River walk trail proposed in city

Two City of Warren committees are working together to highlight the natural beauty flowing through town.

At Monday’s meeting of the Parks and Recreation Commission, the Street Landscape Committee introduced a proposal for a walking trail along the Allegheny River.

The proposal calls for a crushed limestone walking trail and possibly other improvements along the north side of the river west of Hickory Street almost to Chestnut Street.

City Planner David Hildebrand and Arborist Bruce Robinson detailed the proposal.

The city recently replaced several declining trees along Pennsylvania Avenue in that area. The work in that area got people thinking.

“We looked at a trail and… an overlook,” Hildebrand said. “Cutting back some vegetation to enhance some other vegetation to attract birds” could “make it a bird sanctuary.”

The proposed site of the overlook is between Hazel and Laurel streets – across from St. Joseph Church.

“It would be quite an enhancement from what it is now,” Hildebrand said.

The trail would be similar to walking trails installed at Crescent, Beaty and Betts parks and would tie into the “Walkable Warren” idea.

“This type of a trail would enhance and build on that,” he said. “In the long range, there’s been some talk of trying to connect some of those trails.”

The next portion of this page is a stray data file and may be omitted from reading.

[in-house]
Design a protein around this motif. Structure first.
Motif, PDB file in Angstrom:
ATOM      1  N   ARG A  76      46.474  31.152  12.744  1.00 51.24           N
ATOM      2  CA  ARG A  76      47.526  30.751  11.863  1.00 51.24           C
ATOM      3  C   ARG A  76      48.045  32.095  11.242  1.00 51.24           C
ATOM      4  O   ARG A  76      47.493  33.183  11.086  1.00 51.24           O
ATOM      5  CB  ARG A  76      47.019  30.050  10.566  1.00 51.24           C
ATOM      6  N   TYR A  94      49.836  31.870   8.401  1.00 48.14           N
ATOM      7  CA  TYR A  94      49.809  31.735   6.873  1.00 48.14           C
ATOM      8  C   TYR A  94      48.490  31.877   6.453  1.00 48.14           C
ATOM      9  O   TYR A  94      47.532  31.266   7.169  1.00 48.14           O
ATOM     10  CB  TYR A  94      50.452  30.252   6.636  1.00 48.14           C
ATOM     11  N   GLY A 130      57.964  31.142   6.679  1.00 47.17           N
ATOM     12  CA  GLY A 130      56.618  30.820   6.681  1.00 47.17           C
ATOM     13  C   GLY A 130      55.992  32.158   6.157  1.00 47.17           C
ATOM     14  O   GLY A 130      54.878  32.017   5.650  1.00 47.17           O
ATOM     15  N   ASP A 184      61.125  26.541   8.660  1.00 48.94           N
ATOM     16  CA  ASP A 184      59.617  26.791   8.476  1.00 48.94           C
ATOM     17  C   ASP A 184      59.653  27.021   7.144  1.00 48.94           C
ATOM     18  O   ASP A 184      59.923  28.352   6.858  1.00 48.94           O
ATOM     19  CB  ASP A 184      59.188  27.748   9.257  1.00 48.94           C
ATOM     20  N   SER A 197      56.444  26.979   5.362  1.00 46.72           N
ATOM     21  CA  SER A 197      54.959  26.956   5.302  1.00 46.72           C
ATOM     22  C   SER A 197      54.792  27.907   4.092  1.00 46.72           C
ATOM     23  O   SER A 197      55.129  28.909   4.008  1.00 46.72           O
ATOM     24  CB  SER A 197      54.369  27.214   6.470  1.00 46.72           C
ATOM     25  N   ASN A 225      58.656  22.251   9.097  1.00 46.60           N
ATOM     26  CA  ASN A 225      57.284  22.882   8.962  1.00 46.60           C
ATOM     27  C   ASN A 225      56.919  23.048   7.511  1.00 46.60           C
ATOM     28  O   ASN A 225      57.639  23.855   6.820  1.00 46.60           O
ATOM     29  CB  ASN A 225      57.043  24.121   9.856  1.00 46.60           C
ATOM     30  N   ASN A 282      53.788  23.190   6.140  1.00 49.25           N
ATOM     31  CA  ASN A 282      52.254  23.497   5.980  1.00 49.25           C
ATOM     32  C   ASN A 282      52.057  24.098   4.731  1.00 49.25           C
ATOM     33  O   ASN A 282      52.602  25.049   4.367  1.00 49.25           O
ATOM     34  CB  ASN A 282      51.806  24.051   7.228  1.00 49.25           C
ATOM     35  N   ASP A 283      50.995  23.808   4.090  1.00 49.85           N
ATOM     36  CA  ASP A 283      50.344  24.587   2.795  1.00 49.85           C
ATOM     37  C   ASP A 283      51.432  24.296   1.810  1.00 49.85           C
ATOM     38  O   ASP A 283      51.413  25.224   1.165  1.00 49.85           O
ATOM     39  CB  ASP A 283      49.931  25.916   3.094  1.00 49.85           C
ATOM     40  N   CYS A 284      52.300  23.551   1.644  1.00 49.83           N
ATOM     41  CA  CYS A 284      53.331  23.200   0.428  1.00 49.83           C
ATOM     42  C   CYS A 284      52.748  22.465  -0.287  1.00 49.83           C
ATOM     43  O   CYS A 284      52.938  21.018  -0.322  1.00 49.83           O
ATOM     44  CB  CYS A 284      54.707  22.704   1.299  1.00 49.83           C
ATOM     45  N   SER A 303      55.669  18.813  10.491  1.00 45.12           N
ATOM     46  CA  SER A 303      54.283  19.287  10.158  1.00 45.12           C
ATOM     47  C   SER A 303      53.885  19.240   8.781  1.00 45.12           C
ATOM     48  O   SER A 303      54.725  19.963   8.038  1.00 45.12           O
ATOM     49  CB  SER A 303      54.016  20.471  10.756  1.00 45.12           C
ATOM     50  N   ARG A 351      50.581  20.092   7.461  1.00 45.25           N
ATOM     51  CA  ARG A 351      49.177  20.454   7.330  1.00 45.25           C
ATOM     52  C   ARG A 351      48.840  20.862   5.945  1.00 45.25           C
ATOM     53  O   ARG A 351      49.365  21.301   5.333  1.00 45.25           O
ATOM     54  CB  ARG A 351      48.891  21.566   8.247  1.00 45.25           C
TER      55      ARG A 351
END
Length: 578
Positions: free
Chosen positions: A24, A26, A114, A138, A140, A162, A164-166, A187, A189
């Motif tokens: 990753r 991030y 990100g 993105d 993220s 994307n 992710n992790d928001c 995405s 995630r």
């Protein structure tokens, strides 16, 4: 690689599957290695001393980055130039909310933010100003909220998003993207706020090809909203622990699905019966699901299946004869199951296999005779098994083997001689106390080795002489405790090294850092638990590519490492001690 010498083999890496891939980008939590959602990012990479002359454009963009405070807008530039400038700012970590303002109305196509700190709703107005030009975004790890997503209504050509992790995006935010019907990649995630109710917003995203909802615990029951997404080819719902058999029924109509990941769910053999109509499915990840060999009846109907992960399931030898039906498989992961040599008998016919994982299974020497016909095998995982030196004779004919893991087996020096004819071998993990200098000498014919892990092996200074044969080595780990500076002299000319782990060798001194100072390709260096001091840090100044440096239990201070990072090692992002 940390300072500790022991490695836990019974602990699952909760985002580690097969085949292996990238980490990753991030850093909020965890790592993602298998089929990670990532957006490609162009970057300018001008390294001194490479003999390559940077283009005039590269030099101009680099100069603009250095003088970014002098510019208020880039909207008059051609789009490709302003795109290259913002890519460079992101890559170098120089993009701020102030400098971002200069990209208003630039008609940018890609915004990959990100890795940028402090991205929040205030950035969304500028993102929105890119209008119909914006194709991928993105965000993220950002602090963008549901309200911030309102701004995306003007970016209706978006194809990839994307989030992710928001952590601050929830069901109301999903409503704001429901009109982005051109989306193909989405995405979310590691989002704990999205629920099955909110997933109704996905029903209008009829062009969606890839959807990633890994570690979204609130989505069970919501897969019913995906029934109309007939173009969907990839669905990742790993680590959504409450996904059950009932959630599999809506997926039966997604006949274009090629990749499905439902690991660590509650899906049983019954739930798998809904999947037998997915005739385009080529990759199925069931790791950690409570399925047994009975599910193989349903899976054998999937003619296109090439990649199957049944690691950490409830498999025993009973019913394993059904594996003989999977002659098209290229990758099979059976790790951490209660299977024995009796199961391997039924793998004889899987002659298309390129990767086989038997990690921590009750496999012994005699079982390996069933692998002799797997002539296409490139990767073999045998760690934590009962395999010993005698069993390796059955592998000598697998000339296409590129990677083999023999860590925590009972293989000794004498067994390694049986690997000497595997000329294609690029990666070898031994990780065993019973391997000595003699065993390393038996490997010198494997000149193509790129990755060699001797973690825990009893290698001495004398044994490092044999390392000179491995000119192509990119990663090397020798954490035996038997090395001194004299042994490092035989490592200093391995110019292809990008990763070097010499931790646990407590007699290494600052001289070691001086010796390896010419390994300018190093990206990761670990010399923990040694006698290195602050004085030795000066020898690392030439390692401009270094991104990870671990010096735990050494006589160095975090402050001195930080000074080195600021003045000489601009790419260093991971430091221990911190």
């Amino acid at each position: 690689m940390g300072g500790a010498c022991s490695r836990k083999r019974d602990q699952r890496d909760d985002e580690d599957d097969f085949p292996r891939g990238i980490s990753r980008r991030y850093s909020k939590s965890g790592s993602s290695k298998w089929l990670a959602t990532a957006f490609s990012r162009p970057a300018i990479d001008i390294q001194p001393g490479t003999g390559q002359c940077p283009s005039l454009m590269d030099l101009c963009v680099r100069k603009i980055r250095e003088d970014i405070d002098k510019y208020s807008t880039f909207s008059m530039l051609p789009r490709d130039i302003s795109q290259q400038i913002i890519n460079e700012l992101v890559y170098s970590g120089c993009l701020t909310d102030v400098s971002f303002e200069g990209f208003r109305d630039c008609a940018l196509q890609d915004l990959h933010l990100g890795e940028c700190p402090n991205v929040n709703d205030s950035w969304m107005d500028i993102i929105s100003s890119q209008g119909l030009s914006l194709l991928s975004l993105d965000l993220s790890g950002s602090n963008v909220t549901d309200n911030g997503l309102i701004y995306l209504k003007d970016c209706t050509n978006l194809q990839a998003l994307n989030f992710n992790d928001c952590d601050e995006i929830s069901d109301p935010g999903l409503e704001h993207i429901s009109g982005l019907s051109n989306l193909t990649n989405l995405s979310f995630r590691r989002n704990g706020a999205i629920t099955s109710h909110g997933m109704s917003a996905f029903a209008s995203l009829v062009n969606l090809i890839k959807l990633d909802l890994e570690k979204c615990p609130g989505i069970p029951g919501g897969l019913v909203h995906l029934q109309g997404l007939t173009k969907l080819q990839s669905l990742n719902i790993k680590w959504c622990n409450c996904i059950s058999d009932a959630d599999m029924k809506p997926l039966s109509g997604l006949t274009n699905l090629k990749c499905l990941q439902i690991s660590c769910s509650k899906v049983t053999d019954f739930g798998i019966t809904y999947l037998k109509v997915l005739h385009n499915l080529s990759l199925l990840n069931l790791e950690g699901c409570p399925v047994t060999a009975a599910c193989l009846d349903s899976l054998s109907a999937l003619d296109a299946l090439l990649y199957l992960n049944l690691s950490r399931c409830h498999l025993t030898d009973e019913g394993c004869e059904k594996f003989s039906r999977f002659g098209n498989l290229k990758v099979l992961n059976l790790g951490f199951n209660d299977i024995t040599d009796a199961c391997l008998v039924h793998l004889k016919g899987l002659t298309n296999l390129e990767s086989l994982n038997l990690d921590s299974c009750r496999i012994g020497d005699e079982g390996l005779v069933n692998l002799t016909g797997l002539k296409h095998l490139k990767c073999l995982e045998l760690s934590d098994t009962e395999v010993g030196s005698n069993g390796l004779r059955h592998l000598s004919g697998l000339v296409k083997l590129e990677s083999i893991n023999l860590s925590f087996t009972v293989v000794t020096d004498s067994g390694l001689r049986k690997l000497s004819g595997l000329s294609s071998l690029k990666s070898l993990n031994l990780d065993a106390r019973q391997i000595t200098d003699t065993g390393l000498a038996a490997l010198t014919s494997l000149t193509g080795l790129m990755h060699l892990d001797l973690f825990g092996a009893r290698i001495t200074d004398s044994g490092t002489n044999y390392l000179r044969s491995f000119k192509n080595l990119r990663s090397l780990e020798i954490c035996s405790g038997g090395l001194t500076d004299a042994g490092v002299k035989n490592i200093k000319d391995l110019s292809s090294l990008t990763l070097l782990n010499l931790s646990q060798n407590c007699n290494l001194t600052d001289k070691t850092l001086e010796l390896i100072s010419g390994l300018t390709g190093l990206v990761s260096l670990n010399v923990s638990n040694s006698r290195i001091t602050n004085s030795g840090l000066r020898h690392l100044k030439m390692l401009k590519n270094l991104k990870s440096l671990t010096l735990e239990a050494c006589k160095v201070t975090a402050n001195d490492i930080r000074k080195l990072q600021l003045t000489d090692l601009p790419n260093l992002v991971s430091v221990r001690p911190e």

It also fits with the city’s greenways plan and would be eligible for funding that is available for greenways projects.

According to City Department of Public Works Director Mike Holtz, a crushed limestone trail costs about $40 per foot. The proposed path would be about 1,000 feet long, giving a trail cost of about $40,000.

Grants from private foundations and the state Department of Conservation and Natural Resources could help fund the project.

“Occasionally, opportunities present themselves to enhance the parks – for people and birds,” Robinson said. “It’s amazing how much bird activity there is along the Allegheny River.”

“This is a multi-project opportunity to make this better, particularly for migratory birds,” he said. “This is a natural corridor for migratory birds.”

“Our vision is to isolate the vegetation that is ideal for birds – for example, staghorn sumac – and we would like to increase some vegetation that would provide the low-conifer cover,” Robinson said. “There are many future opportunities. It’s a unifying concept for a park.”

Mark Davis of the Street Landscape Committee said other organizations – the Jamestown Audubon Society, the Warren County Conservation District, and the Penn State Cooperative Extension – are interested in participating.

“We should take advantage of the river and build an overlook in this city,” committee member Mary Conarro said. “This would be a great enhancement.”

The members of the Parks and Recreation Commission were enthusiastic.

“It sounds like a wonderful project,” Judi Wilson said.

“This is a really good idea,” Jackie Angove said. “You can almost see an overlook. How perfect.”

“I think we all agree we want to move forward,” chairman Denny Crandall said.

“A next step on this would be some kind of rendering – come back with a layout and a size,” Hildebrand said. “We’ve built several of these crushed limestone trails before.”

Crandall asked city officials to bring proposals to the committee’s February meeting. “I don’t think it’s anything we want to send to council, yet,” he said. “We’ll keep it on our agenda.”